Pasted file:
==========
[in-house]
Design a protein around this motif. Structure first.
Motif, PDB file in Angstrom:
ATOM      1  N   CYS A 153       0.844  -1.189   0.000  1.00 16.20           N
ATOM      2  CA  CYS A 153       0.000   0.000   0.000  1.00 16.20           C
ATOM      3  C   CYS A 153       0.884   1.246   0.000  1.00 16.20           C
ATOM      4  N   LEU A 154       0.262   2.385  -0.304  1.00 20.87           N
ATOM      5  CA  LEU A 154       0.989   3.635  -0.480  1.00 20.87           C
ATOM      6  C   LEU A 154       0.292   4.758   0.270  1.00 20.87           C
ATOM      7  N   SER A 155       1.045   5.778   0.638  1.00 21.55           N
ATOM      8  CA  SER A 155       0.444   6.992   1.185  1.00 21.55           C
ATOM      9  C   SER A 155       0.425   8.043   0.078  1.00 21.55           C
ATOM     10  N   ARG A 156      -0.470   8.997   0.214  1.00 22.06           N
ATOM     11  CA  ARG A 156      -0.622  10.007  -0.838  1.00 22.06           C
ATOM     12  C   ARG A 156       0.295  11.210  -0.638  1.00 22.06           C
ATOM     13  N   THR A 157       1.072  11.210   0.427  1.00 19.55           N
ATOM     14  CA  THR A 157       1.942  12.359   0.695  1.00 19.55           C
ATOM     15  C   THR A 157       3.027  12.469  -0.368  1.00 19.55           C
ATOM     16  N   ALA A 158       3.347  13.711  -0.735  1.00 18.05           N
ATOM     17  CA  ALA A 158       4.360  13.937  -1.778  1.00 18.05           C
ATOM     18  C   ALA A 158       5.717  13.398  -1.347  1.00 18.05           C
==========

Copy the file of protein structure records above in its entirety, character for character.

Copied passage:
[in-house]
Design a protein around this motif. Structure first.
Motif, PDB file in Angstrom:
ATOM      1  N   CYS A 153       0.844  -1.189   0.000  1.00 16.20           N
ATOM      2  CA  CYS A 153       0.000   0.000   0.000  1.00 16.20           C
ATOM      3  C   CYS A 153       0.884   1.246   0.000  1.00 16.20           C
ATOM      4  N   LEU A 154       0.262   2.385  -0.304  1.00 20.87           N
ATOM      5  CA  LEU A 154       0.989   3.635  -0.480  1.00 20.87           C
ATOM      6  C   LEU A 154       0.292   4.758   0.270  1.00 20.87           C
ATOM      7  N   SER A 155       1.045   5.778   0.638  1.00 21.55           N
ATOM      8  CA  SER A 155       0.444   6.992   1.185  1.00 21.55           C
ATOM      9  C   SER A 155       0.425   8.043   0.078  1.00 21.55           C
ATOM     10  N   ARG A 156      -0.470   8.997   0.214  1.00 22.06           N
ATOM     11  CA  ARG A 156      -0.622  10.007  -0.838  1.00 22.06           C
ATOM     12  C   ARG A 156       0.295  11.210  -0.638  1.00 22.06           C
ATOM     13  N   THR A 157       1.072  11.210   0.427  1.00 19.55           N
ATOM     14  CA  THR A 157       1.942  12.359   0.695  1.00 19.55           C
ATOM     15  C   THR A 157       3.027  12.469  -0.368  1.00 19.55           C
ATOM     16  N   ALA A 158       3.347  13.711  -0.735  1.00 18.05           N
ATOM     17  CA  ALA A 158       4.360  13.937  -1.778  1.00 18.05           C
ATOM     18  C   ALA A 158       5.717  13.398  -1.347  1.00 18.05           C